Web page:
A B&B in Which We Never See the John


To move The Flick, Annie Baker’s four-character Pulitzer Prize-winning masterwork to off-Broadway, no fewer than twenty producers as well as four producing organizations were needed. The plays is still running, praise the Lord (and producers and audiences), and plans to stick around until at least January.

That many money-men-and-women will apparently be needed to move Baker’s equally fine four-character John from The Signature Theatre. Just in case there aren’t enough around to do the job, catch John before it closes its limited run this week – that is, if you’re a theatergoer who enjoys language, revels in eccentric characters and doesn’t mind a three-hours-and-fifteen-minute length. Take no chances and take it all in.

Every show must have a villain. For most — but not all — of John’s length, the bad guy seems to be where Baker’s play takes place: a bed and breakfast in Gettysburg, Pennsylvania.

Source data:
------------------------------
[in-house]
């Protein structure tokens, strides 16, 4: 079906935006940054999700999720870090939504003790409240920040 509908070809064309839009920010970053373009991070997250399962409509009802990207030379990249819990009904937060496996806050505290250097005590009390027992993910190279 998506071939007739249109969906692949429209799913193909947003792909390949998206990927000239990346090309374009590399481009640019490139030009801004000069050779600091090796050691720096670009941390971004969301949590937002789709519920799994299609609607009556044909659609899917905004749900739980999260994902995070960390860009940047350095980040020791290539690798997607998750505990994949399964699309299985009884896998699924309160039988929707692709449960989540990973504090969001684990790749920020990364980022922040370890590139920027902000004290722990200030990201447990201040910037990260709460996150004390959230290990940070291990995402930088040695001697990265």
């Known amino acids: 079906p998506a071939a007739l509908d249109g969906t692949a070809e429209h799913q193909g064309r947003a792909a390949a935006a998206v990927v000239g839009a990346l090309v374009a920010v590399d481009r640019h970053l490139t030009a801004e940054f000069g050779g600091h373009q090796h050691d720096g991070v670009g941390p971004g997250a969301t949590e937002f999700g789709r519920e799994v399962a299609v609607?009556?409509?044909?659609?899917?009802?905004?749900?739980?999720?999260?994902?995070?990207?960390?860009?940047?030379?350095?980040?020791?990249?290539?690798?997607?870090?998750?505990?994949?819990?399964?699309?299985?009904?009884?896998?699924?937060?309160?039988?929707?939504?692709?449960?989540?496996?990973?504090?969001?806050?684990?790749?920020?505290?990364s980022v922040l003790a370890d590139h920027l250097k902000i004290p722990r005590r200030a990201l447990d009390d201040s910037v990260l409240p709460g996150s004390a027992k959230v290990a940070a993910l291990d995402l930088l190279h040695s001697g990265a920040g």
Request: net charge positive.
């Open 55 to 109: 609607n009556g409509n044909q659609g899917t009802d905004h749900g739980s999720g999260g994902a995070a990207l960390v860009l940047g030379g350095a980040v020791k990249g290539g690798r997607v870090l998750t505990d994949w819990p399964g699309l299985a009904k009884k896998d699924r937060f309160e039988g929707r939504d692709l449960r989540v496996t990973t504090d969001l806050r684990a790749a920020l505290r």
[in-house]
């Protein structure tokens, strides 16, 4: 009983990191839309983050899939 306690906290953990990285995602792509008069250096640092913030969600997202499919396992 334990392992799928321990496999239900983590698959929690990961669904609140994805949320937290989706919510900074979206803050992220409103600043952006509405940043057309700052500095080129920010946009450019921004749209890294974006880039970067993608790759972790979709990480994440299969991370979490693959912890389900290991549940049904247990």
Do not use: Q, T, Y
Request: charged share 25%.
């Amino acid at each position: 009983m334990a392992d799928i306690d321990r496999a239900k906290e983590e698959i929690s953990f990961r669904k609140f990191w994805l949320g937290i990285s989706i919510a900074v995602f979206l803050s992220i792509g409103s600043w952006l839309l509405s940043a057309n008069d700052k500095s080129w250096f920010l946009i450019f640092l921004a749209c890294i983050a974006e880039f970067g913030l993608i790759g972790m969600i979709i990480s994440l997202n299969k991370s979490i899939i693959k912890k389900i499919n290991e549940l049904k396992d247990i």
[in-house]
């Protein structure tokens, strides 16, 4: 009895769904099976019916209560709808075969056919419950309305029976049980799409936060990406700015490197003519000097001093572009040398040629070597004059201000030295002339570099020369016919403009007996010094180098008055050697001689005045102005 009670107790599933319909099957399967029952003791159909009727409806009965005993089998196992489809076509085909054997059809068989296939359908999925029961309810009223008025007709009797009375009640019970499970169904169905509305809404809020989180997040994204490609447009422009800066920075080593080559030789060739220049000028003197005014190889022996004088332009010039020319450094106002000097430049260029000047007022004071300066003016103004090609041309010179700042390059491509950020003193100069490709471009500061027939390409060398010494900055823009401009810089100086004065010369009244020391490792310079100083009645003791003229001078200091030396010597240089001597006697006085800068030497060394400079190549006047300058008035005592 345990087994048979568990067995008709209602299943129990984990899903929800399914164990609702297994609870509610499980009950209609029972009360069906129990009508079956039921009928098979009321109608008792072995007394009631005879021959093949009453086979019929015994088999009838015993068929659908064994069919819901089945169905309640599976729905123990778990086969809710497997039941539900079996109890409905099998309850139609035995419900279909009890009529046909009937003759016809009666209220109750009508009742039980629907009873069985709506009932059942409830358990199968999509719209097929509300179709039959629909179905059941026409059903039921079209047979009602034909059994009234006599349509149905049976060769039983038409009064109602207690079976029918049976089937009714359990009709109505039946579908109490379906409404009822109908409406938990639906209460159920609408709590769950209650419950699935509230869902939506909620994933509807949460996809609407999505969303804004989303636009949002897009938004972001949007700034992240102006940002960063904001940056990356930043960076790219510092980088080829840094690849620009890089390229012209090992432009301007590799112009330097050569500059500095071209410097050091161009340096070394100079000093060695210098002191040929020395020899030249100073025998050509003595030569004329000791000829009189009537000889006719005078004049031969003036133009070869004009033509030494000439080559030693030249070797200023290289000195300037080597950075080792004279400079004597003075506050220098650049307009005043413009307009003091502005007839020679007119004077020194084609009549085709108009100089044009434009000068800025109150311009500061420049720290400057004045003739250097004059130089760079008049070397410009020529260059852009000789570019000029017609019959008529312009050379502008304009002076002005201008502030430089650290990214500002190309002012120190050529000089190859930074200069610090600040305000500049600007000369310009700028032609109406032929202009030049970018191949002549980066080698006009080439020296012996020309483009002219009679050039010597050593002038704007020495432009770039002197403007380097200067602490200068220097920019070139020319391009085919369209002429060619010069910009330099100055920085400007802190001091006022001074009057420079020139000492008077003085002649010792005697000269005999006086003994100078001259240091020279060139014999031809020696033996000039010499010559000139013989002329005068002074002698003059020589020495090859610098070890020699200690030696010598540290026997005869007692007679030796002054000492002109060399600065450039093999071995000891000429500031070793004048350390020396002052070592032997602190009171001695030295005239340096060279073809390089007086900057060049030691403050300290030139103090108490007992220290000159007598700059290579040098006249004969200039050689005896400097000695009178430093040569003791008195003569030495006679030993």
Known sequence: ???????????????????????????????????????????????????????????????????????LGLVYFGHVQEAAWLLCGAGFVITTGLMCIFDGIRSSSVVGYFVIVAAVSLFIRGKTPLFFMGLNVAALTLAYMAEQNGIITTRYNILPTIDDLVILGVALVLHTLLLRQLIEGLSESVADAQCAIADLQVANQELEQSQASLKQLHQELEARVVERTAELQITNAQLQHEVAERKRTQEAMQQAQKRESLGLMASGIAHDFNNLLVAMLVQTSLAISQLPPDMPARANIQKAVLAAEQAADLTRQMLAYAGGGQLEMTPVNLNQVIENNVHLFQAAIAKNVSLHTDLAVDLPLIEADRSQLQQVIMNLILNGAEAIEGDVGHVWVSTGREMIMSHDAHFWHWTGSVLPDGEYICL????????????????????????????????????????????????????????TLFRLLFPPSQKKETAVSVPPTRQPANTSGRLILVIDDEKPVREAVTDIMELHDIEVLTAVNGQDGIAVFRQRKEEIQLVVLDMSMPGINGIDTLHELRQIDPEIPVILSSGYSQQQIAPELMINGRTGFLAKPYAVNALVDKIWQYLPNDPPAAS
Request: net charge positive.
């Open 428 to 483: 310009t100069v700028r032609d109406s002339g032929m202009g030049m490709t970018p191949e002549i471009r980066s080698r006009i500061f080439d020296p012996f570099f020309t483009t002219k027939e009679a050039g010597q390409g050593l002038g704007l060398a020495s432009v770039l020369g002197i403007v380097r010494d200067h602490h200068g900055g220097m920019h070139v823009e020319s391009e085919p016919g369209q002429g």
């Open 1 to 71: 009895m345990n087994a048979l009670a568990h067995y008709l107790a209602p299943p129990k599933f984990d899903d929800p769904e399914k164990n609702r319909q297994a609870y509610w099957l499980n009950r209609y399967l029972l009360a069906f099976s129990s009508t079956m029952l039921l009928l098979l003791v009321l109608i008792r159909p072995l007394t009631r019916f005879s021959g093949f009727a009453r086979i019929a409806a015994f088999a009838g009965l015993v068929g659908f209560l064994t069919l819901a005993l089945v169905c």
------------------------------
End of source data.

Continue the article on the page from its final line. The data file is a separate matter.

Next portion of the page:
Julia Gibbs in Our Town says her husband loves taking trips to Civil War sites and mentions Gettysburg as a particular favorite. Dr. Gibbs might not feel as happy if he had to stay at Kitty’s B&B. Even those travelers who think they’re cool when proclaiming that they “don’t want a cookie-cutter hotel room but something with character” may well think twice — or thrice — after seeing John.

New Yorkers Elias (the perfunctory Christopher Abbott) and Jenny (the adequate Hong Chau) did their research and decided they just had to stay in The Jackson Room. When they arrive, however, Kitty tells them the room has a leak and they must take another one.